Dr. Rajendra Singh, India’s “Water Man” Honored In New York

On the sidelines of the March 22, 2023, United Nation’s World Water Day commemoration, Dr. Rajendra Singh, referred to popularly as the “Water Man” of India, was hosted by Save Indian Farmers, a non-profit in the U.S., and the Gandhian Society in collaboration with Parikh Worldwide Media in Edison, New Jersey.

Dr. Singh also visited the offices of Parikh Worldwide Media, where he was felicitated, and gave an interview to PWM’s  24/7 television channel ITV Gold.

As part of the occasion, Mayor of Edison, N.J., Sam Joshi, issued a proclamation declaring March 23 as Rajendra Singh Day, in recognition of the Indian environmental activist’s lasting contributions to society. The proclamation was read out at the reception.

Picture : TheUNN

Dr. Sudhir Parikh, chairman of PWM, who presented an award to Dr. Singh, spoke at the event praising the water conservation specialist for his commitment and hard work. Dr. Parikh also affirmed his own commitment to humanitarian and philanthropic work after he turned 60 years old. Currently, Dr. Parikh is 76 years old, and his goal is to empower the younger generation of Indians “to love Mother India,” as much as he did. Not only does PWM publish 4 newspapers, it also runs the 24/7 ITV Gold station which partners with Door Darshan India.

“That is all philanthropic work. It is my passion. And for the last 12 years I am running these at my own expense,” Dr. Parikh said. However, he emphasized, nothing compares to the philanthropic work Dr. Singh had been doing, and how he had met villagers and convinced them to bring about change. “And I saw the result. It was so impressive,” he said, and offered his support.

Dr. Singh, in his speech, talked about the world being in a water crisis, and how the World Water Day at the UN was spent discussing ways in which planet earth could “free from that.” The phenomenon of floods and droughts happening around the world, needed to be controlled. “If we don’t find ways to save ourselves from these then our planet earth and humanity, both will face grave danger,” Dr. Singh said. “We are here for this work.”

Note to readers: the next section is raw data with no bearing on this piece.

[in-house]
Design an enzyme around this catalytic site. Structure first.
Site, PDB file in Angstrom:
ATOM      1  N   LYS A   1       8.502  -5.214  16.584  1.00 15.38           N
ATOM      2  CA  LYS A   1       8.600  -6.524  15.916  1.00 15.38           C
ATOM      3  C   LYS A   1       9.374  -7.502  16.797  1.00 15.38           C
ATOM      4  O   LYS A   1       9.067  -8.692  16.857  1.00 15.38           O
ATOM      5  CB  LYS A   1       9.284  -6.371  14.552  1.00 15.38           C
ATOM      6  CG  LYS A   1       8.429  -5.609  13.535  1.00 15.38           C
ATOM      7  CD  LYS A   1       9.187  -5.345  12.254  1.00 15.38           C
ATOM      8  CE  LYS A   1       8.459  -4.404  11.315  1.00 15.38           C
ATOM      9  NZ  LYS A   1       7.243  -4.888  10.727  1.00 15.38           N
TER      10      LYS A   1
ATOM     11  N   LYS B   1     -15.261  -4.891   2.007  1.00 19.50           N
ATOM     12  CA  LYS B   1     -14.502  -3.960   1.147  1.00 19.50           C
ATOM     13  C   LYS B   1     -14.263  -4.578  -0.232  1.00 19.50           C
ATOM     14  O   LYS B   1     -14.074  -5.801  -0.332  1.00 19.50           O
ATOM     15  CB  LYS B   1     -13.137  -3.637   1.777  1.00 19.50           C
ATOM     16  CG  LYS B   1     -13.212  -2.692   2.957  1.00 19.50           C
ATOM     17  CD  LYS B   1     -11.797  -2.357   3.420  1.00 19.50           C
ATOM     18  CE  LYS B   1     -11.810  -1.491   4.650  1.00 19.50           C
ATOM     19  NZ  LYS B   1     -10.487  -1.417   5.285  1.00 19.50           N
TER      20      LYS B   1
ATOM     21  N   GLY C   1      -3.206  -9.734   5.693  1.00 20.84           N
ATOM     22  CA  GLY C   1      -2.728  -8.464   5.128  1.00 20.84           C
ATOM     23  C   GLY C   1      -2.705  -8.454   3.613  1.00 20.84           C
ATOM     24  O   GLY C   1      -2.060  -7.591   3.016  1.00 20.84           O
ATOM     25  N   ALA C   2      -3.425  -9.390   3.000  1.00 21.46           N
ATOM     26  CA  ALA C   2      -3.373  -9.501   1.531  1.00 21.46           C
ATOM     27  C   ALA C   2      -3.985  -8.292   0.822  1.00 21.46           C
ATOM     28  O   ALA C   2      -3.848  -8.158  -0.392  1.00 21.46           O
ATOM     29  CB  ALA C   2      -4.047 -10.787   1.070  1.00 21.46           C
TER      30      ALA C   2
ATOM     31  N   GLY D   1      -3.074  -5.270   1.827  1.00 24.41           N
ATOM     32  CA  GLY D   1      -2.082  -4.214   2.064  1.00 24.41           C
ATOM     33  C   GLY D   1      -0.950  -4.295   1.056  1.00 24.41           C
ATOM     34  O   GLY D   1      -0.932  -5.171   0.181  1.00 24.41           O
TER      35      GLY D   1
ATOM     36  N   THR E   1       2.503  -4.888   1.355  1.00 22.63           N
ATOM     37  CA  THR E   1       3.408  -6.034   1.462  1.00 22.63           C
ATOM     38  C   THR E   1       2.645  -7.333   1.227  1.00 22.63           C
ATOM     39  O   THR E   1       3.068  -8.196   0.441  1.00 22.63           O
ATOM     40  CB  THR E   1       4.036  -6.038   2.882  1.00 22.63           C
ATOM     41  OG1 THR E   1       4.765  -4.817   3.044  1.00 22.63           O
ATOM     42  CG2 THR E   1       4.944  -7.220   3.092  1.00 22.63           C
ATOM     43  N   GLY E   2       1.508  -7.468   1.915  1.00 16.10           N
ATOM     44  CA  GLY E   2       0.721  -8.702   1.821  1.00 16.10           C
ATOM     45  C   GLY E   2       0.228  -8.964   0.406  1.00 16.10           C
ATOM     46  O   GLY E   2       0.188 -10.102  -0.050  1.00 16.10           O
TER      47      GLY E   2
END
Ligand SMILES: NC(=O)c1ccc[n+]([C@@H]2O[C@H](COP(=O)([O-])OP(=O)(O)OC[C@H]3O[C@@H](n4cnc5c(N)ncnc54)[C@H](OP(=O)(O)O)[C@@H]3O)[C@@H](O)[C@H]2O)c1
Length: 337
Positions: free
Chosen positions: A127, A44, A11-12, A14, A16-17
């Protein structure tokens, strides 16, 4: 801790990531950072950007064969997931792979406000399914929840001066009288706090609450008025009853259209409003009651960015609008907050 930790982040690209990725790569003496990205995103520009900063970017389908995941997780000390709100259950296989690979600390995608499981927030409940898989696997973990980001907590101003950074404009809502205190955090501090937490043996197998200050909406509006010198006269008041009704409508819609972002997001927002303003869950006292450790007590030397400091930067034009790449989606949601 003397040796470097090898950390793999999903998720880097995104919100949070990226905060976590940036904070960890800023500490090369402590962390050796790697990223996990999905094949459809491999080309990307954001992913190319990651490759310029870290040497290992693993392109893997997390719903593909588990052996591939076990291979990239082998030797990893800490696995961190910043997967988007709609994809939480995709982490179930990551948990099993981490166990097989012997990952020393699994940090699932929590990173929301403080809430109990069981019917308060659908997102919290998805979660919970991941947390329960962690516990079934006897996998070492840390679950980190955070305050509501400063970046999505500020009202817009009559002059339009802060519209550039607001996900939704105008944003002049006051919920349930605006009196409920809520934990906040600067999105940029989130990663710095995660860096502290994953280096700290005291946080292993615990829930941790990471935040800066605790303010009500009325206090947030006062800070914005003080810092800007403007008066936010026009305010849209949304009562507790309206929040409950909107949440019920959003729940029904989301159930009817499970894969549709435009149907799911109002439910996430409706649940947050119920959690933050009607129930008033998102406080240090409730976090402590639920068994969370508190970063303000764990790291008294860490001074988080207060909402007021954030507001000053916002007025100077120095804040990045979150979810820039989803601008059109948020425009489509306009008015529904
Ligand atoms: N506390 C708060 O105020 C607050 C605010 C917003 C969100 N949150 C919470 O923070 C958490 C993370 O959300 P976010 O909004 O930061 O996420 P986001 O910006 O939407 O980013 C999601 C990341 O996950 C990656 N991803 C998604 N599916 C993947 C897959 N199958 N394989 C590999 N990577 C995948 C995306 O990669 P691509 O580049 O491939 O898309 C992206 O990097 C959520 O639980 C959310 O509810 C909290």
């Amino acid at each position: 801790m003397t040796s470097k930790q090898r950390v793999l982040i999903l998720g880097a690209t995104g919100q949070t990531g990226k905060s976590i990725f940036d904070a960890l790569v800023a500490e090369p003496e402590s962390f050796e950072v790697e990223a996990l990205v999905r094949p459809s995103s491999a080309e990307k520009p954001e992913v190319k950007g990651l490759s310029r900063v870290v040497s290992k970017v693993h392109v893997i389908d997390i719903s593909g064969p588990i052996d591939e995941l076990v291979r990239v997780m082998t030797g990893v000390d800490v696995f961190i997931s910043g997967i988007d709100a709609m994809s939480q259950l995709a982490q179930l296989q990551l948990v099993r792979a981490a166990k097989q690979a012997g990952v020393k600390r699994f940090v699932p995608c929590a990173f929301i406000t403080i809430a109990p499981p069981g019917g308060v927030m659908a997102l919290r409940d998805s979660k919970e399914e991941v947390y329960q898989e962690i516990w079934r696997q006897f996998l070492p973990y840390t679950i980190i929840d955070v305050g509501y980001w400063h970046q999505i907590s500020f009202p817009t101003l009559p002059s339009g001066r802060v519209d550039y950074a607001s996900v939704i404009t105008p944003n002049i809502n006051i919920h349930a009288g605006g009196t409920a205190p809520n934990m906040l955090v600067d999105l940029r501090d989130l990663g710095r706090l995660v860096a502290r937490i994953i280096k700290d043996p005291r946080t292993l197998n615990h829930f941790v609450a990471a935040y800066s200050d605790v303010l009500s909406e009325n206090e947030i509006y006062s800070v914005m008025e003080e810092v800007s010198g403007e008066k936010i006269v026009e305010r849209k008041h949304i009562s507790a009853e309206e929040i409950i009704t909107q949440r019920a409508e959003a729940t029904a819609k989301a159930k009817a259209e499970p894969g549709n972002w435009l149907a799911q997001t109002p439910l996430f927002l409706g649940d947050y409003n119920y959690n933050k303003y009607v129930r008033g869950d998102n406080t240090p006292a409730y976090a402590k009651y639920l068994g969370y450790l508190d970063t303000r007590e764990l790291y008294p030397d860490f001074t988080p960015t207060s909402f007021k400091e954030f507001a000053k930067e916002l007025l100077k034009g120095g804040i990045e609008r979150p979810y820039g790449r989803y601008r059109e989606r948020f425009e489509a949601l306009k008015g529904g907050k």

Bhadra Butala, founder of Gandhian Society, noted the “big function” being held in Edison to honor Dr. Singh. And he praised Dr. Parikh for presenting an award to Dr. Singh. The Gandhian Society does humanitarian work around the world, particularly to familiarize youth with Gandhian principles.

Tejoo Bambulkar, vice president of Save Indian Farmers which was started in Arkansas by a few friends, described how the board members went beyond just funding various organizations in India.

Dr. Hemant Joshi, founding member and secretary of Save Indian Farmers said that the organization has more than 80 volunteers, some 25 active program directors, and about 20 ongoing projects.

In an interview with ITV Gold, Dr. Rajendra Singh outlined the discussions at the UN, and how the water crisis had become worse over the years since WW Day was declared.

“Our planet is sick,” he said noting that when it rains, the water dissipated instead of being controlled, cutting through the land and rivers which flood towns and cities.

“We had begun Word Water Day so that the world would learn the importance of water. But it seems that where we were standing before … we have regressed. Where the world could have worked for our health and planet’s health, we have polluted our water … amrit became poison.”

He also contended that, “Ancient Indian knowledge about water has been lost. … We appear to have forgotten the relationship to water. Even the UN seems to have forgotten.”

Dr. Rajendra Singh, famous for his water conservation work, seen here being interviewed by ITV Gold host Nidhi Kathuria, at the Parikh Worldwide Media offices in Edison, N.J., during his recent visit to the U.S., on the sidelines of United Nations World Water Day which falls on March 22, 2023. Photo: videograb from ITV Gold video on YouTube

Dr. Singh gave an account of his own journey from working in the government to stepping out and working at the grassroots. “Go to the people who have lost everything.” He chose Alwar Jila to help people. There, when he was just 26 years old, he met an old man who inspired him to make the world his canvas.

Dr. Singh proceeded to educate himself about various environmental sciences and engineering. “And I never looked back, and have never felt despair,” he said, despite all odds including some 377 lawsuits which “were put against me whenever I worked to get water to the people.”. (Courtesy: ITV Gold)

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